Tuesday, January 2, 2018

The location of Amarynthos: Palaiochoria (C1223)

I’ve been looking just now for the site of Amarynthos: Palaiochoria on Euboea.  This was a small Mycenaean habitation site in the LHIIIB and LHIIIC.  I have called this ‘C1223’ and I originally placed it at 38.386937°, 23.924491°.  I am now convinced that this is not correct and I found out about this in an interesting way.  Let’s start with the sources.

       a)      Sackett et al. [1966] say “This is a prominent hill, whose cliffs project slightly into the sea, about 2 km. to the east of Amarynthos and at the extreme east end of the Eretrian plain where Mt. Kotylaion reaches the sea.  Beyond it the road winds sharply over ridges to the long stretch of inhospitable rocky coast leading to Aliveri.  The hill is surmounted by two Byzantine churches (one set very prominently on the cliff’s edge) and the remains of a third, which was constructed partly on earlier foundations of ancient blocks. The surface of the hill (c. 250 x 150 m. in area) is flat and cultivated, as are the steep sides to east, north, and west.  The small sheltered beach immediately below the site to the east is the first possible landfall for a ship travelling westwards from Aliveri, and to the west flat land and a shelving beach stretch all the way to the harbour of modern Amarynthos.”[1]
      b)      Simpson [1981] says: “Palaiochoria (or Palaioekklisies) is a prominent low hill, about 2.5 km. east of Amarynthos, and at the eastern end of the plain of Eretria.  The cliffs on the south side of the site project slightly into the sea, and provide some shelter for the small beach immediately below the site on the east.  To the west of the site, flat land and a shelving beach stretch up to the harbour of modern Amarynthos.  The hill is crowned by two Byzantine churches and remains of a third, which was constructed partly on ancient foundations.  The upper surface of the hill, about 160 m. northeast to southwest by 85 m., is flat and cultivated.”[2]

What are we looking for:

1)      It is a hill.
2)      It is on the coast and projects slightly into the water.
3)      It is on the extreme E of the Eretrian plain
4)      It’s between 2 and 2.5 km. from modern Amarynthos.
5)      There are two churches on the hill; one next to a cliff or drop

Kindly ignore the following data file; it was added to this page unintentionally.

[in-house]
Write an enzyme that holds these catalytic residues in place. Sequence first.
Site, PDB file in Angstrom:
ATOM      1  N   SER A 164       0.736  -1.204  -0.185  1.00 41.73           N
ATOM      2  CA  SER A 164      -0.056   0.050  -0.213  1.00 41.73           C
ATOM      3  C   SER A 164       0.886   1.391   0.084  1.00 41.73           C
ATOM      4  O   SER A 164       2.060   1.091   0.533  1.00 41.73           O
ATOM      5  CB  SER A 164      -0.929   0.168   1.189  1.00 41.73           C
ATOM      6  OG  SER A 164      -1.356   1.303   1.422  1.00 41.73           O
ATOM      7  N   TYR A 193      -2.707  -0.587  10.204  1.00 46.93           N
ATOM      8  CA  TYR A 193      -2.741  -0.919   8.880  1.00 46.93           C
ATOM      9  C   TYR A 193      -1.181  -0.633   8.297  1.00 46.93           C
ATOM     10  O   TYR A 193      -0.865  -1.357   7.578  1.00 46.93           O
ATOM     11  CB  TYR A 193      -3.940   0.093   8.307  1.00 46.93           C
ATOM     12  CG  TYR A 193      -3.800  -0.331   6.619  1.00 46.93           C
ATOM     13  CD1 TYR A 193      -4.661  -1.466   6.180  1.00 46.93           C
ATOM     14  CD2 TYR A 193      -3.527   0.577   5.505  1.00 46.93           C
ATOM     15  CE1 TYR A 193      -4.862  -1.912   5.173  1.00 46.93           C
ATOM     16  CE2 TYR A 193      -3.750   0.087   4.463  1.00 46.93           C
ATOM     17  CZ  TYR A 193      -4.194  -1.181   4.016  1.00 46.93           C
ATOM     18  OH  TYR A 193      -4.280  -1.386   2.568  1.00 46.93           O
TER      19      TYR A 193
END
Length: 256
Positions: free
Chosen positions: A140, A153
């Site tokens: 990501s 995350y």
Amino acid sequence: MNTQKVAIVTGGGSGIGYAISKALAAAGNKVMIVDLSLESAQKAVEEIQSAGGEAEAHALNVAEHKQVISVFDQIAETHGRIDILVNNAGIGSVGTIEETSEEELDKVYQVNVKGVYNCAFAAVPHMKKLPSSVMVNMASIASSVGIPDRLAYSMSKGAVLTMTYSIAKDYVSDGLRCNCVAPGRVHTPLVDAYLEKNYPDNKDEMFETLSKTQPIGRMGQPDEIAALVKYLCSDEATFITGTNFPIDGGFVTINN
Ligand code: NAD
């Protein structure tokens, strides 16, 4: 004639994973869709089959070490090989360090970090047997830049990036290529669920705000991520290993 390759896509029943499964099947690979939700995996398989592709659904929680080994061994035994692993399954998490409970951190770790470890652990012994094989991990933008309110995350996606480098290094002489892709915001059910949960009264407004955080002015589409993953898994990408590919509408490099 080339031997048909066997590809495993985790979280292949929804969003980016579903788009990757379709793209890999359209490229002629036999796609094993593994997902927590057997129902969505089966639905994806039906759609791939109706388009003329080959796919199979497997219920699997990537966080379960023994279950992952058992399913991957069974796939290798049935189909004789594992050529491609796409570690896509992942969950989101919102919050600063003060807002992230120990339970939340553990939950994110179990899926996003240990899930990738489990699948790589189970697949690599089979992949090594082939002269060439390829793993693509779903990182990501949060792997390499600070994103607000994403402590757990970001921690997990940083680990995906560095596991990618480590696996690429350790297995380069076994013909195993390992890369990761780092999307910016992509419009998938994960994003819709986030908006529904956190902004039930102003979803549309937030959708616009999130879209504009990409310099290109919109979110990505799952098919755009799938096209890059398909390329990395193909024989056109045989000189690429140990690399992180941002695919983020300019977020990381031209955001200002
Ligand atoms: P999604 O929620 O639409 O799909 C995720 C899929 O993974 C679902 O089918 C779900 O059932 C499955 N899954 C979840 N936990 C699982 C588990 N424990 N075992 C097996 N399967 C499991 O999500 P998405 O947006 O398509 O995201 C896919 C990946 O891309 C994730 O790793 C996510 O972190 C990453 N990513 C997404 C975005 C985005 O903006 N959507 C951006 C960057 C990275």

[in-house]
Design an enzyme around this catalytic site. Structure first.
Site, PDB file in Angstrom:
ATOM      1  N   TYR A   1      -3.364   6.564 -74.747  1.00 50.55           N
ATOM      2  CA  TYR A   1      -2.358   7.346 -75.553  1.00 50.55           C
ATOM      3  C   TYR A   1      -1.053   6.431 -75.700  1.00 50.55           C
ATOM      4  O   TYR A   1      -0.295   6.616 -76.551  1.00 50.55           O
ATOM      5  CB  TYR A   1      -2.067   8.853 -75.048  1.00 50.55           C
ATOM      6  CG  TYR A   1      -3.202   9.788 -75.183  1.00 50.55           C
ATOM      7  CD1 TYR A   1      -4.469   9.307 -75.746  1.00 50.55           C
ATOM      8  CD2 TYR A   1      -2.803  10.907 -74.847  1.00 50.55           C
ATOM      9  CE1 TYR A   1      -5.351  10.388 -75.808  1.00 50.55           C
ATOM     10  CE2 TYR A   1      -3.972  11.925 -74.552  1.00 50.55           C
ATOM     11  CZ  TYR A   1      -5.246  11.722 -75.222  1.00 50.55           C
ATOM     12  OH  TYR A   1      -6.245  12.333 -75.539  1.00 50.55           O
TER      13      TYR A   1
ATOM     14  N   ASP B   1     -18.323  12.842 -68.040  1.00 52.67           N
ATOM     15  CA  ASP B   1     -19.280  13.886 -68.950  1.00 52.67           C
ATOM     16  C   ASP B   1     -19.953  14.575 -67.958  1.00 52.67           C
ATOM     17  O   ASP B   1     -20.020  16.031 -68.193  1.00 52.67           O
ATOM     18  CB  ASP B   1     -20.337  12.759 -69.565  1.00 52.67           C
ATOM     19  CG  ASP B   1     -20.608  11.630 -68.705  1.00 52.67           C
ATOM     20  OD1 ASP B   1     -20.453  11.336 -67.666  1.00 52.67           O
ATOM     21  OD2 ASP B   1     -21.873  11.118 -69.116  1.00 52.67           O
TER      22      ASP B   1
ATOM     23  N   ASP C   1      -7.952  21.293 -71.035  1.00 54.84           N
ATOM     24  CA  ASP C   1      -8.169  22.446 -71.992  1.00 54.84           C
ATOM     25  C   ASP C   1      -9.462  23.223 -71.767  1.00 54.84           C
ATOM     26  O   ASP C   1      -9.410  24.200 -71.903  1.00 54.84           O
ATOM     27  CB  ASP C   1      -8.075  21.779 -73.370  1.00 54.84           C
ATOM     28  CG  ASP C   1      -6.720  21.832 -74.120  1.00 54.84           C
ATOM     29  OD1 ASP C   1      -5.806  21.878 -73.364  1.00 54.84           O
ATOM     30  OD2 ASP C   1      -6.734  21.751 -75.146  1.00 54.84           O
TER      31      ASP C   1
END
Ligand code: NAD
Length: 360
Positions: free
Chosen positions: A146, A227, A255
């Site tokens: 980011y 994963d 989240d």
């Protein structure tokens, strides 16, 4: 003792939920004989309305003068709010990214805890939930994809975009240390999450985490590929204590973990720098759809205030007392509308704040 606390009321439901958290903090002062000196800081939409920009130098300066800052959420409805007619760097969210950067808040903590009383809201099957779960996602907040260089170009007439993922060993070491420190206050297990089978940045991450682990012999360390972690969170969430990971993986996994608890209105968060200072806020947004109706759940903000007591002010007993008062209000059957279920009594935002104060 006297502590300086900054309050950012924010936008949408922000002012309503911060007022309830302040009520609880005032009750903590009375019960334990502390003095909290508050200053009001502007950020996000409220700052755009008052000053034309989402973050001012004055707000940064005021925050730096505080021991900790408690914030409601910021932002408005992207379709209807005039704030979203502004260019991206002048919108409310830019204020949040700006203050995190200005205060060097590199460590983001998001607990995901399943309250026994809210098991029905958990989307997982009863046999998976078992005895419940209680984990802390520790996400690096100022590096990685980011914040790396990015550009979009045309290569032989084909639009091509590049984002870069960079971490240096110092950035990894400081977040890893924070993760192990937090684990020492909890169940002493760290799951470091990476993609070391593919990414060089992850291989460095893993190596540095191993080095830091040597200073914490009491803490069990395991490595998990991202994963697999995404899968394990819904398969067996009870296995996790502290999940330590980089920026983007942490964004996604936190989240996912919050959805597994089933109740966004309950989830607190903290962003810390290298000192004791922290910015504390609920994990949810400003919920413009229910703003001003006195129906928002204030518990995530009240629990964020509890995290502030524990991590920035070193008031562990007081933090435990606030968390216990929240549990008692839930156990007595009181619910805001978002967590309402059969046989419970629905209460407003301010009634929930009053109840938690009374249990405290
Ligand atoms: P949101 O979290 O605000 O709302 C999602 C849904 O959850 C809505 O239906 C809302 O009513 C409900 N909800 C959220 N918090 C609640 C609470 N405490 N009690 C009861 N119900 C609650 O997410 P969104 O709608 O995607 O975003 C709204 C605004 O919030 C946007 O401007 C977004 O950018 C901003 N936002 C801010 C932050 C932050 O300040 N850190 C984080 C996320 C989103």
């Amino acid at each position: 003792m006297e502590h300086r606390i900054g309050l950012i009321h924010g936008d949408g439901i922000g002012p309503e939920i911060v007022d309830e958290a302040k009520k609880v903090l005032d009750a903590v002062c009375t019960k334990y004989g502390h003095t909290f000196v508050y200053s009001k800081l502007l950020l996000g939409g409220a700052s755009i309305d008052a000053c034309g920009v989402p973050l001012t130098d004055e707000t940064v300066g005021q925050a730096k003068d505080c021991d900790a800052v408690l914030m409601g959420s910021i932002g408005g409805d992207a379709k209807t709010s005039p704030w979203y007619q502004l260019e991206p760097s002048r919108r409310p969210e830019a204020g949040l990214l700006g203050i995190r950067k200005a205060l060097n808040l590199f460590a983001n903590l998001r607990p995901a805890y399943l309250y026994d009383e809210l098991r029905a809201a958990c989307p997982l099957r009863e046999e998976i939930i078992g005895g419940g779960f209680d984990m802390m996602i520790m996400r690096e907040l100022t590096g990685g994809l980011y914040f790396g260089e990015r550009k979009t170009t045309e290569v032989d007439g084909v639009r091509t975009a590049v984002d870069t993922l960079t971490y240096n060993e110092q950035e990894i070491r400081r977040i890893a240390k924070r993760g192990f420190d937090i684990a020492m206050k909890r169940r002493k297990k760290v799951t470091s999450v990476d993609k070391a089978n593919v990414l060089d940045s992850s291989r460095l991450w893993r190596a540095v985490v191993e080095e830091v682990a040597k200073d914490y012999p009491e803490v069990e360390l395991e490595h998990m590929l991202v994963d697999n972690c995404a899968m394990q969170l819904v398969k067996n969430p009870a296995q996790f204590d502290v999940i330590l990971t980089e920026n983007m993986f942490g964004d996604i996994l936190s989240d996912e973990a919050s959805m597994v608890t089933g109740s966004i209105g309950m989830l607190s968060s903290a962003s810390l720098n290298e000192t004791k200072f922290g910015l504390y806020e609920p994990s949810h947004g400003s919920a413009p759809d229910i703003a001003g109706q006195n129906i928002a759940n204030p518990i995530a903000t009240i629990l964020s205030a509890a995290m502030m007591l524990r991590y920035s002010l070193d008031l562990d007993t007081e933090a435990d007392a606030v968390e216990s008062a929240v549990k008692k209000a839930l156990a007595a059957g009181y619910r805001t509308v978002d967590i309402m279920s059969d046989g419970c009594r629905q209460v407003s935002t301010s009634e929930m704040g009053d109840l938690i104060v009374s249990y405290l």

6)      The surface of the hill is 250 x 150 m. in area.  Perhaps it is 160 m x 85 m.
7)      There is a beach below the site to the E.
8)      The hill is cultivated.

Now these are mostly weak and undiagnostic criteria.  Nos. 1, 2, 7 are useless because these three things are characteristic of much of this Euboean shore.  No. 3 is a little more interesting but too vague to be of much help.  No. 4 deserves special condemnation.  Not only can our authors not agree but they do not say when this distance was estimated, whether the distance is from the center or the edge of town, and whether it is straight line or by road.  No. 5 is not very useful because there is at least one other location on this shore where this is true.  No. 6 only tells us that the hill is of modest dimensions; like most of them in this area.  No. 8 raises another problem.  When was it cultivated?  Is it still cultivated more than half a century later?

What to do?

I tried looking for churches but the only one I could find was Aghios Konstantinos at 38.385011° N, 23.924209° E.   ‘Eureka!’, I thought.  Here’s a modest hill, right on the water, with a church and a sheltered beach on the east and it fits all the other vague criteria.  

That became my C1223 and I went on to the next site.

Dr. Alex Knodell of Carleton College has recently been kind enough to supply me with some geo-locational data for this area and he has placed my C1223, Amarynthos: Palaiochoria, at a very different  place:  38.3863153 N, 23.91034726 E, which is about 1220 m. to the W of my site.

I wasn't convinced.   ‘How can this possibly be?’, I thought.

Here's a photo of Dr. Knodell's site:

I took another look at his site and certainly there appeared to be a church on the edge of a cliff.  ‘Could this be?’, I wondered.

I went back to Sackett and took a look at his photograph of the site (I don't think that I'd done this originally).[3]  Here it is:

I improved the contrast of the original picture and added the arrows and labels.   'O.k., there's the church and what looks like the same tree in the right spot.'  But I wasn't truly convinced until I found this user supplied photo on Google Earth.   A vacationer had almost perfectly reproduced Sackett's photo.

The photo is pinned to  38.385969° N, 23.907693° E and here it is:

Photo by Nikos Nikos whose photo galllery on Panoramio is here.